Various modifications may be resorted to within the spirit and scope of the appended claims.
1. The method of forming a nylon container comprising extruding a first tubular formation of polyethylene, extruding a second tubular formation of nylon concentrically and within said first tubular formation, forcing said tubular formations into intimate surface contact, whereby said polyethylene material acts as a carrier for said nylon material, enclosing 'a length of said joined tubular formations in a mold and expanding said formations to conform to said mold, thereby producing a double-walled container, axially severing said outer container wall formed of polyethylene, and stripping said polyethylene from said nylon inner wall.
2. The method of forming a plastic container from a thermoplastic material that is independently incapable of blow forming comprising extruding a first tubular formation of another thermoplastic material that is susceptible independently of blow forming, extruding a second tubular formation of said first plastic material concentrically and within said first tubular formation, deflecting the second tubular formation after extrusion into peripheral surface contact with said first tubular formation, whereby said first tubular formation acts as a carrier for the deflected material of the said second tubular formation, enclosing a length of said tubular formations in a mold and expanding them to conform to said mold, thereby producing a double-walled container, axially severing the outer container Wall formed from said first tubular formation, and stripping the severed outer container wall from the inner wall.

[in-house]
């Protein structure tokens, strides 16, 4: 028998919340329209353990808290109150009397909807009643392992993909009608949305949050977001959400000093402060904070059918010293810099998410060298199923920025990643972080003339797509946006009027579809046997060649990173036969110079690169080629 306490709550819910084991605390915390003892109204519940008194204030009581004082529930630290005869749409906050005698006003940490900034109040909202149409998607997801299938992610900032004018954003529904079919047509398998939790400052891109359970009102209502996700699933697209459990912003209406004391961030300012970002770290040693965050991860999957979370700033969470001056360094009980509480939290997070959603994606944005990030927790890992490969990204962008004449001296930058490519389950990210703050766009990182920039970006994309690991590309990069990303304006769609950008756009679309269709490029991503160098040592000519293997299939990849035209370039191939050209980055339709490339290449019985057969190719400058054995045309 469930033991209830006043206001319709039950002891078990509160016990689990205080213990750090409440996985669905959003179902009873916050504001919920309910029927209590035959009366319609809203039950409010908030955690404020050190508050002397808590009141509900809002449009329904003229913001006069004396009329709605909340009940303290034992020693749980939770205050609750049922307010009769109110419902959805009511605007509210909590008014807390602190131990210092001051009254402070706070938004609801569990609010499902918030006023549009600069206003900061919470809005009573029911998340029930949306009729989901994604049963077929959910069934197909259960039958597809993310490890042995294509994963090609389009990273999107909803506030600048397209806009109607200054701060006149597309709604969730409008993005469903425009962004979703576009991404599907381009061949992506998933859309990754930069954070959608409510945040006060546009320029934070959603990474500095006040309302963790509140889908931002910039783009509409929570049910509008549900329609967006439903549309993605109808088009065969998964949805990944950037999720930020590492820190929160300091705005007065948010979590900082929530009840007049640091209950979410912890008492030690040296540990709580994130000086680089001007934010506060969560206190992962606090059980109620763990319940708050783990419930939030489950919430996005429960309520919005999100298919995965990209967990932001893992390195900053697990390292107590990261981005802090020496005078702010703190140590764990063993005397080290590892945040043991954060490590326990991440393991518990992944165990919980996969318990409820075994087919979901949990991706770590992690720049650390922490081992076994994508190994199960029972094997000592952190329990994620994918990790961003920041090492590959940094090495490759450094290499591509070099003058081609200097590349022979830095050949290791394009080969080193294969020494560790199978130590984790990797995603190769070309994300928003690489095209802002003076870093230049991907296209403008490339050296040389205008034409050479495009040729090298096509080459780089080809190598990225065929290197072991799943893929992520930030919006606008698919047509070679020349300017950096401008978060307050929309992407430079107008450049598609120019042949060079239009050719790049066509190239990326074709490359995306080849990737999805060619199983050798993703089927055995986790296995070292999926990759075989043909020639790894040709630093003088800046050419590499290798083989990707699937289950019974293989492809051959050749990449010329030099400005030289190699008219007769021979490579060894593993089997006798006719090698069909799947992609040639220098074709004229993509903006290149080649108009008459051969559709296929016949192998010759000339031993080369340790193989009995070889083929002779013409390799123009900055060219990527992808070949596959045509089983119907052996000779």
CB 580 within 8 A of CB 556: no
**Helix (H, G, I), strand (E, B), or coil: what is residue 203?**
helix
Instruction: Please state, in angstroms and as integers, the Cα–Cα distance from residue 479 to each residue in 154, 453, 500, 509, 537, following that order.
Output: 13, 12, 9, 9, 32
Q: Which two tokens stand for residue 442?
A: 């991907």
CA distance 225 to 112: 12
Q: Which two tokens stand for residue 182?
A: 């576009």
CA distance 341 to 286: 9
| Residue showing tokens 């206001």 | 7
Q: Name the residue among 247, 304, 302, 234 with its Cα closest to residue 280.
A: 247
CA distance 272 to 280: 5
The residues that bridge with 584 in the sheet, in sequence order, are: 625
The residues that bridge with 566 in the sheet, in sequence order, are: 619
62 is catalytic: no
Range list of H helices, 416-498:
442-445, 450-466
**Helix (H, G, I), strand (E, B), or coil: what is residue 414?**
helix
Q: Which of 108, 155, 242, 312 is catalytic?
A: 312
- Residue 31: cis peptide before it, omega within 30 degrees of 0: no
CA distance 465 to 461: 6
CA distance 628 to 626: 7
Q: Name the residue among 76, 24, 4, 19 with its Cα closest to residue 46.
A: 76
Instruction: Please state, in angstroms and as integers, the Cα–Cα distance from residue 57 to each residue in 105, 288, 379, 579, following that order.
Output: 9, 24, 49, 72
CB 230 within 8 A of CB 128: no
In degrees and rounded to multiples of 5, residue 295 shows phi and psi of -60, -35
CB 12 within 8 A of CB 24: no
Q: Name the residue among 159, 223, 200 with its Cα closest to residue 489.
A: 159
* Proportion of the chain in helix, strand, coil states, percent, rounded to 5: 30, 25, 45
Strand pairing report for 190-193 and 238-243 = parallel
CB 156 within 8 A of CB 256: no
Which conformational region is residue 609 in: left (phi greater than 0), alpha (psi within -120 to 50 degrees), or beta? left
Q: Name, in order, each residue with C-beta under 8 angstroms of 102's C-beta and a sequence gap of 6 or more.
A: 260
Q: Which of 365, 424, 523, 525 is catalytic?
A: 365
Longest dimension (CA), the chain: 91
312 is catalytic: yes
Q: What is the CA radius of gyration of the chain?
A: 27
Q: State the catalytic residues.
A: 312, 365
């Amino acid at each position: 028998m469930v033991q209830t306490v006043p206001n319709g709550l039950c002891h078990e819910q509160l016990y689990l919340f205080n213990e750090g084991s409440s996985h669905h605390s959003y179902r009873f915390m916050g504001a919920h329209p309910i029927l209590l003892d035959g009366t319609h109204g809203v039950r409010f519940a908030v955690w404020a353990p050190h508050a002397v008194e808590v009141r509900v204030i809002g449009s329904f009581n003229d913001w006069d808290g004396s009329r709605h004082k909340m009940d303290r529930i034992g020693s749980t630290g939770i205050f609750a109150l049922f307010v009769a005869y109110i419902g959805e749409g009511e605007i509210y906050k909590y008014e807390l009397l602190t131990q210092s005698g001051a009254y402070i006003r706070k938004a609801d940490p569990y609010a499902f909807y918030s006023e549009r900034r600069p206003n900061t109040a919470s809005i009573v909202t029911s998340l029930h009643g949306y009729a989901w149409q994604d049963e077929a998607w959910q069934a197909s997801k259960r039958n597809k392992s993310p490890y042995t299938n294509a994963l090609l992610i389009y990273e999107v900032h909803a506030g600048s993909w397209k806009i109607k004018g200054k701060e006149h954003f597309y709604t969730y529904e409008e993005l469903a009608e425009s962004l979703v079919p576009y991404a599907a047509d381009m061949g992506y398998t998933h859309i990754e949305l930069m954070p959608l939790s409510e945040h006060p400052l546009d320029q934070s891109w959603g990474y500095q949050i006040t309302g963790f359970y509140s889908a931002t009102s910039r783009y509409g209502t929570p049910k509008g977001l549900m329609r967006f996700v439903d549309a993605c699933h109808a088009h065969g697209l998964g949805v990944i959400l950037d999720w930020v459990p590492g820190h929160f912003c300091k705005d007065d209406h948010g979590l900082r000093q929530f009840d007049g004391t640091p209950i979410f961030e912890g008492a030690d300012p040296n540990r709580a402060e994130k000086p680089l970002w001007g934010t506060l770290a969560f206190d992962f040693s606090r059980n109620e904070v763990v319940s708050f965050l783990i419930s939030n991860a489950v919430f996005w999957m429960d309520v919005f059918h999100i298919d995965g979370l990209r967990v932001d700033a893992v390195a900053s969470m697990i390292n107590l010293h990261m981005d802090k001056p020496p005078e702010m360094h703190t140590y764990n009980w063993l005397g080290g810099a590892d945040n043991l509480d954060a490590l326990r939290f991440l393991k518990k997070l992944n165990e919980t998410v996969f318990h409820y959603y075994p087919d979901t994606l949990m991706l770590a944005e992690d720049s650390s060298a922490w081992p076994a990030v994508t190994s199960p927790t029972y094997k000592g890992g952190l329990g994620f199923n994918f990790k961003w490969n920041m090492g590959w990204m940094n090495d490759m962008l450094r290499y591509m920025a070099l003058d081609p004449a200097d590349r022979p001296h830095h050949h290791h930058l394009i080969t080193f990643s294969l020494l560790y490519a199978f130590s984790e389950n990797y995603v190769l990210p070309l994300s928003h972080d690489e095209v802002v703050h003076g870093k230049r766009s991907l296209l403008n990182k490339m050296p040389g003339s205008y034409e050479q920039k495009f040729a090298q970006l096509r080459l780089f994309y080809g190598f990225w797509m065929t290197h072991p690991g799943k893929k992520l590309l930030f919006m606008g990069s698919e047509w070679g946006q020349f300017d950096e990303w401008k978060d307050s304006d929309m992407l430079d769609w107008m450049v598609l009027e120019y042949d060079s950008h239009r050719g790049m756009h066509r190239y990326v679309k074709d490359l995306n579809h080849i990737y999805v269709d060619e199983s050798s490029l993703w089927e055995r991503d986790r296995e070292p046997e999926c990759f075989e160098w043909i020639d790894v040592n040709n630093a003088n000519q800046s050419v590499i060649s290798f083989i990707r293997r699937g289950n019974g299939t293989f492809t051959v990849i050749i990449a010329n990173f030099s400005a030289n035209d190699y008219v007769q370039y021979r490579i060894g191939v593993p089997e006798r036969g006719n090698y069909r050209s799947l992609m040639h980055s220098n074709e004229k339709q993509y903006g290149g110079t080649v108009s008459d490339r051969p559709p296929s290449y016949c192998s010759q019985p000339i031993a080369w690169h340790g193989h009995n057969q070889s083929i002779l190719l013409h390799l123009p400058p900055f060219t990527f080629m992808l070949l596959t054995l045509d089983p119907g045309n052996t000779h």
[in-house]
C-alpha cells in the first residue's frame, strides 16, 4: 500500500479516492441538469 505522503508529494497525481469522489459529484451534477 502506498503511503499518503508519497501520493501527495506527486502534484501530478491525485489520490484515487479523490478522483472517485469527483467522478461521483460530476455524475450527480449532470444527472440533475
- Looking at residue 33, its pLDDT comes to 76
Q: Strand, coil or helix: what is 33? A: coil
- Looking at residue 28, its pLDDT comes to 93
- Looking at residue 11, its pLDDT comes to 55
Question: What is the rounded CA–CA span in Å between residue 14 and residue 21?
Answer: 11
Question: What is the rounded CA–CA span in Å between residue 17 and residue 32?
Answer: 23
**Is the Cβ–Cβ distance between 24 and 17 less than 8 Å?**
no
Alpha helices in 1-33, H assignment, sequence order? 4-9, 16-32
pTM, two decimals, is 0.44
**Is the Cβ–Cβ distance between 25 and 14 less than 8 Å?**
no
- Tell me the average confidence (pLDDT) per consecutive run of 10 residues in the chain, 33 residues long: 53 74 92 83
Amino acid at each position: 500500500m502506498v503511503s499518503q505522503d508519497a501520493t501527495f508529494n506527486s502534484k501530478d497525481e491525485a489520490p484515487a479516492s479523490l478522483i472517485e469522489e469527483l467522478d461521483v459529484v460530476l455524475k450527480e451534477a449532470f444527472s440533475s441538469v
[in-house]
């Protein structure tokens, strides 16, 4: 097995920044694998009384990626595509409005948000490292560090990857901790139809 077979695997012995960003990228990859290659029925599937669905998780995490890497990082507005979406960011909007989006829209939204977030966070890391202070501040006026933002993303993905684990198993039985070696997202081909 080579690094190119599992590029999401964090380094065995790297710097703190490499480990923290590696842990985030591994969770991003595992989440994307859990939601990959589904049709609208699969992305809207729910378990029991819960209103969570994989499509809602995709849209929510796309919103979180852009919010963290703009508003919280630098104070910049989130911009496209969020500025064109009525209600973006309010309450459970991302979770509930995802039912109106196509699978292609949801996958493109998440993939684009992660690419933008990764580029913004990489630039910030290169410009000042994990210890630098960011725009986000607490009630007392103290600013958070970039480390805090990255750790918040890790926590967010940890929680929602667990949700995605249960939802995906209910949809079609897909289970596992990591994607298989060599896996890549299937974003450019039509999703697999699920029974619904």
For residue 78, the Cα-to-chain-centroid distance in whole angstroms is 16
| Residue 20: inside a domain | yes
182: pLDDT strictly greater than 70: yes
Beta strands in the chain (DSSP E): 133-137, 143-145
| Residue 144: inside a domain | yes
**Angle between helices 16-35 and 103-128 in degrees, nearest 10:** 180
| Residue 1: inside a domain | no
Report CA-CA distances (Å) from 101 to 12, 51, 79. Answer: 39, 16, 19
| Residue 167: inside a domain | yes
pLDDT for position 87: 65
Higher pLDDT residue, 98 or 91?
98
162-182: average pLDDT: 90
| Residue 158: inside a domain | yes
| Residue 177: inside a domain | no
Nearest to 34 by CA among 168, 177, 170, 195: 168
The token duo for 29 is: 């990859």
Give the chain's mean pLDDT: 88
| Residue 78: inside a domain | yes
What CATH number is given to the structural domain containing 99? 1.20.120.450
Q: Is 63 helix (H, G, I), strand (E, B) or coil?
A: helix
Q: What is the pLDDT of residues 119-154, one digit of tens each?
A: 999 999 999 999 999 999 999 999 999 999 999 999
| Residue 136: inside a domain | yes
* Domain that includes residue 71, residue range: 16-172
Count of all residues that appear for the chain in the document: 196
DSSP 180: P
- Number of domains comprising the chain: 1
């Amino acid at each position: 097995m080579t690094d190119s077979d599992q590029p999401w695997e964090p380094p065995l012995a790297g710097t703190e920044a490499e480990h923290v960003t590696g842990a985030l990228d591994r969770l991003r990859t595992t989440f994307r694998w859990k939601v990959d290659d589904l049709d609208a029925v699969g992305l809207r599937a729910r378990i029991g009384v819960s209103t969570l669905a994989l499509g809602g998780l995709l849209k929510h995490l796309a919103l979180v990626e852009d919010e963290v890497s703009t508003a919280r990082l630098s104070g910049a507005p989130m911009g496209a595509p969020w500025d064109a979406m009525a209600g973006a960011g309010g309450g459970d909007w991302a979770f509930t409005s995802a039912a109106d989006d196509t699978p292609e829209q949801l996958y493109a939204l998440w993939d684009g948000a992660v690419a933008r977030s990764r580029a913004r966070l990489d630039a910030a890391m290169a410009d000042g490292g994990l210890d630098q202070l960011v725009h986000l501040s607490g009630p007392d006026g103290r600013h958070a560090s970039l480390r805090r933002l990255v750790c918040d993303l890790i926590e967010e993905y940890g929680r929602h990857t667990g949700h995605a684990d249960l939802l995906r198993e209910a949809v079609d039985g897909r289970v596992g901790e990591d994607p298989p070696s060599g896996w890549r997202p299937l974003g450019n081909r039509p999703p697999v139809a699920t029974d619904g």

3. The method of forming a container of a polyamide material which comprises concentrically extruding tubular formations of polyethylene and a polyamide material one within the other, whereby said polyethylene is the outermost formation and acts as a carrier for said polyamide material, enclosing a length of said concentric tubular formations in a mold, expanding said tubular formations to the shape defined by said mold, and stripping the outer formation from said inner formation.
4. The method of forming a blown plastic container of a multiple-ply wall of dissimilar plastic materials nonadherent one to the other, one of said materials forming a wall ply of the container Wall for providing supporting strength to the container and the other said material form ing a lining ply of the container wall for lining the wall ply thereof, which comprises extruding a tubular formation of a thermoplastic material that is in a condition of plasticity to permit expansion and setting in predetermined form from an outer annular orifice, the leading end of said formation being open; issuing an annular formation of a thermoplastic mixture through an inner orifice concentric with said outer orifice and coplanar therewith, said annular formation issuing coextensively with the tubular formation and being thin in cross-section compared with the tubular formation, and said mixture being in a fluid state and having sufficiently low viscosity to be incapable of being independently expanded and set in predetermined form; pulfing said annular formation by uniformly applying pressure in a radial direction from the inside of the annular formation at the time of its issuance from said inner orifice to provide for keeping its leading end open and enlarge that formation into peripheral contact coextensive to the tubular formation, thereby coating the inner surface of the latter with said mixture; enclosing a length of the tubular formation after it is coated in a partible mold, thereby pinching and sealing the coated tubular formation at a point thereon and leaving an end of the coated tubular formation open; and
5 expanding the mold-enclosed length of the coated tubular formation in the mold by fluid pressure to form a container comprised of an outer Wall ply and a relatively thin inner lining ply.
Refeyezaces Cited in the file of this patent UNITED STATES PATENTS 2,796,388 Lorenz Apr. 19, 1955 6 Sherman June 21, Colombo June 19, Hadley July 31, Richerod Feb. 19, Hauptman Oct. 15,
FOREIGN PATENTS France Apr. 20,
Italy Apr. 12,